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  • Nick Burgess

Top 10 Books for Beginner Investors

Updated: Mar 24, 2023

If you're interested in a topic, it's tough to beat just reading. Luckily, when it comes to the topic of investing and personal finance, there are plenty of books on the topic for new investors to sink their teeth into. Many cover lessons learned, things you should know and strategies to beat average investors and to discover your own financial freedom in the investment world. Here are, in my opinion, the best books for whatever your financial goals are:

"The Intelligent Investor" by Benjamin Graham

"The Intelligent Investor" by Benjamin Graham is widely regarded as one of the most influential investing books ever written. As the father of value investing and standing up for the little guy, it's really the first book on investing for the retail investor, which shot it to critical acclaim at the time it was written, along with the million updates and rewrites that continued even after Graham's death.

This book single-handedly popularized value investing, which involves buying stocks that are trading at a discount to their intrinsic value. It's from Ben Graham's direct mentorship that the myth of Warren Buffett and his investing style was born.

Graham emphasizes the importance of a disciplined, long-term approach to investing, focusing on companies with strong fundamentals, and avoiding speculative investments. The book also introduces the concept of "margin of safety," which involves buying stocks at a significant discount to their intrinsic value to protect against downside risk.

One of the key takeaways from the book is the importance of investing with a margin of safety and having a long-term perspective. Graham emphasizes the need to focus on intrinsic value and not get caught up in short-term market fluctuations.

"The Little Book of Common Sense Investing" by John Bogle

Ever heard the term "Boglehead?" Welcome to the world of index investing, brought to you by John Bogle, the godfather of the modern index fund. "The Little Book of Common Sense Investing" by John C. Bogle is a must-read for anyone interested in passive investing and index funds. Bogle is the founder of Vanguard, one of the largest providers of index funds, and the book presents a compelling case for investing in low-cost index funds.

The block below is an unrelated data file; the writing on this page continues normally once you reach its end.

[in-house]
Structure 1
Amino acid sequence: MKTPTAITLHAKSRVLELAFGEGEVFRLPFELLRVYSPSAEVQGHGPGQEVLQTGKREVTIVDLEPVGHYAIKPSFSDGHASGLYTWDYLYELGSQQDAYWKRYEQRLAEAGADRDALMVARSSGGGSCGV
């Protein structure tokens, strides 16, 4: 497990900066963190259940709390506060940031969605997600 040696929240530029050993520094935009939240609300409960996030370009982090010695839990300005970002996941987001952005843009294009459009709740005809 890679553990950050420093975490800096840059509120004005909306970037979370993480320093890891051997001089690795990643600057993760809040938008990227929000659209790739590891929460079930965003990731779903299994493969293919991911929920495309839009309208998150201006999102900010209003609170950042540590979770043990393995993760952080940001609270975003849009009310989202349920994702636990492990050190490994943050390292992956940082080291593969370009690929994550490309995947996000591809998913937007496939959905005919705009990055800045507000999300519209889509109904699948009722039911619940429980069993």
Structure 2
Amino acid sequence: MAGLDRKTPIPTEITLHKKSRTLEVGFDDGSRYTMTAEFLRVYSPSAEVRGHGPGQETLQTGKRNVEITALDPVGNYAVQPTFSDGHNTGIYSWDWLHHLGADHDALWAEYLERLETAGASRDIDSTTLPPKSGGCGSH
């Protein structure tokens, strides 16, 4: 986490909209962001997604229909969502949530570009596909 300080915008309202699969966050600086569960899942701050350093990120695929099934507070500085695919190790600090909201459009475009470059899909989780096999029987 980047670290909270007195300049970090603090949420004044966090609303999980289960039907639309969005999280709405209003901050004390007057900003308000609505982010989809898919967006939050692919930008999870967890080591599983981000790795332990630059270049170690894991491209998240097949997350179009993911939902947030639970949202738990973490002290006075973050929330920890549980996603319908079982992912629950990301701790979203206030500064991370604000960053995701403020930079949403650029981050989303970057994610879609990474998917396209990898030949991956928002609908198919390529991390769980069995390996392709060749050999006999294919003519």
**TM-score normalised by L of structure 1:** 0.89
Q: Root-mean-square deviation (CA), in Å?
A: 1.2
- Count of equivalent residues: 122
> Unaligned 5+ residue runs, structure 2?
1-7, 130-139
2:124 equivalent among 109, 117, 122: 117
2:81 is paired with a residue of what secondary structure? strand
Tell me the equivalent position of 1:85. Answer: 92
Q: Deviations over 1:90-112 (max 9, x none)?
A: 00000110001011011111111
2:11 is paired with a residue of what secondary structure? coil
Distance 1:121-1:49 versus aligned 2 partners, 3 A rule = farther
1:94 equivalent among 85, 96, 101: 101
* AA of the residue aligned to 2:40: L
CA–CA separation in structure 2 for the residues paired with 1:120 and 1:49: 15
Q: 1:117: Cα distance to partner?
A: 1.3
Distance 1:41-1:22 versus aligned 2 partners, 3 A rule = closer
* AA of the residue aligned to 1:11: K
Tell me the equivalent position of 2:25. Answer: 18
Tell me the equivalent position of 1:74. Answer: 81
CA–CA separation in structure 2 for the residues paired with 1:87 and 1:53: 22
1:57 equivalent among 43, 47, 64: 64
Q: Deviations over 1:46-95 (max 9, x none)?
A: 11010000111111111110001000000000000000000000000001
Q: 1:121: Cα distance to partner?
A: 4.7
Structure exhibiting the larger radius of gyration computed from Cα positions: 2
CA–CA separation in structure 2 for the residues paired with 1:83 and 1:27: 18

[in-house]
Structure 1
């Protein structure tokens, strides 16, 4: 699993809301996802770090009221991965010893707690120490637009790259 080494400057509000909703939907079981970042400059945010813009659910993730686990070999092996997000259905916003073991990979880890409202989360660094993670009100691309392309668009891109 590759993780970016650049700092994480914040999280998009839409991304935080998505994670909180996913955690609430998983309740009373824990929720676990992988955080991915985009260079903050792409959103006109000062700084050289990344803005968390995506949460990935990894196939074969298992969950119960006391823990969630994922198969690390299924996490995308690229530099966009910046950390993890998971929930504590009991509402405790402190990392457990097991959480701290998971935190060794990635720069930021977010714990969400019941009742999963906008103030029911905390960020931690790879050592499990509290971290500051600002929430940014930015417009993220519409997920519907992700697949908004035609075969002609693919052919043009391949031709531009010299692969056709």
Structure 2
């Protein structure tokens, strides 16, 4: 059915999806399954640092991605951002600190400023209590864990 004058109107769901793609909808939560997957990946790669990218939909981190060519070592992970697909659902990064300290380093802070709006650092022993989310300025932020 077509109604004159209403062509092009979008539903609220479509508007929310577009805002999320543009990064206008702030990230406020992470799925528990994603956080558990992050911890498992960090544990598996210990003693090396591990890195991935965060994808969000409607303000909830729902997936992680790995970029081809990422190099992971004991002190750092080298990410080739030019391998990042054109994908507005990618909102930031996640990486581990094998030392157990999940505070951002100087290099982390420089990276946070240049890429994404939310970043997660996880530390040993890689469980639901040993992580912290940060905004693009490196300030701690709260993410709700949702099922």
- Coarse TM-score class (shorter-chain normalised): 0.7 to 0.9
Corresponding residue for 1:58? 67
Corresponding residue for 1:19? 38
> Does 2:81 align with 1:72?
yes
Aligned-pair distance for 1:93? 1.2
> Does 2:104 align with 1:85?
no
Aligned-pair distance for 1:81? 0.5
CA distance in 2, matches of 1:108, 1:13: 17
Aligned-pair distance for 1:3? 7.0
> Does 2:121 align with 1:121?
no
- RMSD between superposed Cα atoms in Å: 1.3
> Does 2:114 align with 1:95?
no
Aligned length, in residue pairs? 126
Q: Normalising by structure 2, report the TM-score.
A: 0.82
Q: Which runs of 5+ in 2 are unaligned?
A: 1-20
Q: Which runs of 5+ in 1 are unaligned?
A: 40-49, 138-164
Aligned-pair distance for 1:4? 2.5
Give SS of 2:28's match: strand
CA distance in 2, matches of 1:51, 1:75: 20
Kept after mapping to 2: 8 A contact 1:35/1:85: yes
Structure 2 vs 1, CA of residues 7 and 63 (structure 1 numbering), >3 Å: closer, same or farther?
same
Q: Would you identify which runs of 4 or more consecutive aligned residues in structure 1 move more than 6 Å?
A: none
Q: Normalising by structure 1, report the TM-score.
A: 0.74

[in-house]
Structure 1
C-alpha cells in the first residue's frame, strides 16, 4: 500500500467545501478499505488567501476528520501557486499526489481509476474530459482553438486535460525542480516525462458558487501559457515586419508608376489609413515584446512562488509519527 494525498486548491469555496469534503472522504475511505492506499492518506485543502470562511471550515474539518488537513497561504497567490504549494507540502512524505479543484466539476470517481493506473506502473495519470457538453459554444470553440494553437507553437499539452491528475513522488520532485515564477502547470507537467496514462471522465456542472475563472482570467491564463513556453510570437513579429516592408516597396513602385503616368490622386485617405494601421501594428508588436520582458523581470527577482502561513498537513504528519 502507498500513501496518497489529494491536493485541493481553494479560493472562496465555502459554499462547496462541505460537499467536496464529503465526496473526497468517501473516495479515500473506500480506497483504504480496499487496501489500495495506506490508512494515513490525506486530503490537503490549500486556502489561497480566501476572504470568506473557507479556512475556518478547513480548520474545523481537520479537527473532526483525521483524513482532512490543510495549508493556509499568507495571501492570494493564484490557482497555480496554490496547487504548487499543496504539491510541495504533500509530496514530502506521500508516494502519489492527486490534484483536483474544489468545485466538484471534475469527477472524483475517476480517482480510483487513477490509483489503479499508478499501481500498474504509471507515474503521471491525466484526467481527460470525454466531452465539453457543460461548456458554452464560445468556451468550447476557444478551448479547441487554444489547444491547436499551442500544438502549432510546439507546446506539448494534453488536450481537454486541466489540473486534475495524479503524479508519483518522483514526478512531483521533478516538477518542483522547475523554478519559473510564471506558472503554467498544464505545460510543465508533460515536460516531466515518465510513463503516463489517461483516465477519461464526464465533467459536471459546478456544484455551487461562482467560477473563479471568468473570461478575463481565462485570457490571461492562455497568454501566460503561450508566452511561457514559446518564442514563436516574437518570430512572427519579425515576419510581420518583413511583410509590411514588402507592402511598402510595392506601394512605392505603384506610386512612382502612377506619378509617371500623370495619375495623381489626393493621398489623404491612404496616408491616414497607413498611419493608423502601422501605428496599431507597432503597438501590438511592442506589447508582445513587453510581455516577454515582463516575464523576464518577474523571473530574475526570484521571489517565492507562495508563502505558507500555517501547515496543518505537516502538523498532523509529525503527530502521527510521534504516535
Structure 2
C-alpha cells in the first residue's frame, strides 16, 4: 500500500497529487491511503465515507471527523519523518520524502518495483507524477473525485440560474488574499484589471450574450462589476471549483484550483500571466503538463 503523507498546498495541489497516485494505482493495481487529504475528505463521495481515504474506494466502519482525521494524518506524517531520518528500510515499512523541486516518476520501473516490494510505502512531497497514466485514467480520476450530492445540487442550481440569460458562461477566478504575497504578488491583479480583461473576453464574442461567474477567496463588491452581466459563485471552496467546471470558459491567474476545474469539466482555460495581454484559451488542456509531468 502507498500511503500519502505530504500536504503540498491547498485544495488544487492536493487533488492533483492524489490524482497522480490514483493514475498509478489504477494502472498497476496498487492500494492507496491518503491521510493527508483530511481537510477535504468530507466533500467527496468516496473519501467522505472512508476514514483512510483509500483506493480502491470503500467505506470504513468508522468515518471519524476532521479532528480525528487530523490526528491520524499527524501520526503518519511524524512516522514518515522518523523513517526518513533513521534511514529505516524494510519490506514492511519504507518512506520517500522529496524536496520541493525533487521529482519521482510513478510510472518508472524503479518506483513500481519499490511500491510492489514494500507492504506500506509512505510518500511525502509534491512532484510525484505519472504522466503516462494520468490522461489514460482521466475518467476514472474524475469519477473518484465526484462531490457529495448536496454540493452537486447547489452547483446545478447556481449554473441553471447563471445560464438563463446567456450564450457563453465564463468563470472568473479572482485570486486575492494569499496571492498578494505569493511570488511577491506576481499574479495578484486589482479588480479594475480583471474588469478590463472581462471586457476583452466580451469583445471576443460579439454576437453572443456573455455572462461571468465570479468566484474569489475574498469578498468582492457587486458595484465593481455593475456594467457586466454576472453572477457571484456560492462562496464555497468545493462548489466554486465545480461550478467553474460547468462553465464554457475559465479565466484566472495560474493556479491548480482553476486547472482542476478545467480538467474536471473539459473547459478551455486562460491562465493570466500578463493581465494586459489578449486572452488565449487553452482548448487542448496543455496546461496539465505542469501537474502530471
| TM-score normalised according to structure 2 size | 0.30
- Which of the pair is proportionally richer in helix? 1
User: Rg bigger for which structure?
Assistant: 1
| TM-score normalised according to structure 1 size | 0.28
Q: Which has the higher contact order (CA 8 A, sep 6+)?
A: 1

Bogle argues that active management and trying to beat the market through stock picking is a losing proposition for the vast majority of investors. Essentially, it boils down to the lack of time, energy, resources and edge that institutional investors and hedge funds have that you and I don't, which leads to his emphasis on the importance of staying disciplined and focusing on a long-term investment strategy.

One of the key takeaways from the book is the importance of minimizing costs and fees. Bogle emphasizes that high fees can significantly eat into investment returns over the long term, and advocates for low-cost index funds as the most effective way to invest in the stock market. This is basically the genesis of millennial portfolio theory, or what I like to call "The YouTuber Effect" of investing index funds (or similar exchange-traded funds) to become an automatic millionaire over time.

"The Essays of Warren Buffett" by Lawrence Cunningham and Warren Buffett

"The Essays of Warren Buffett" is a collection of letters and essays written by Warren Buffett to shareholders of Berkshire Hathaway, one of the most successful investors of all time and the fourth richest man in the world at time of writing. The book provides insights into Buffett's investment philosophy and strategies, including his focus on buying high-quality companies at a discount to their intrinsic value (sound familiar?), his emphasis on long-term thinking, and his aversion to taking on excessive risk.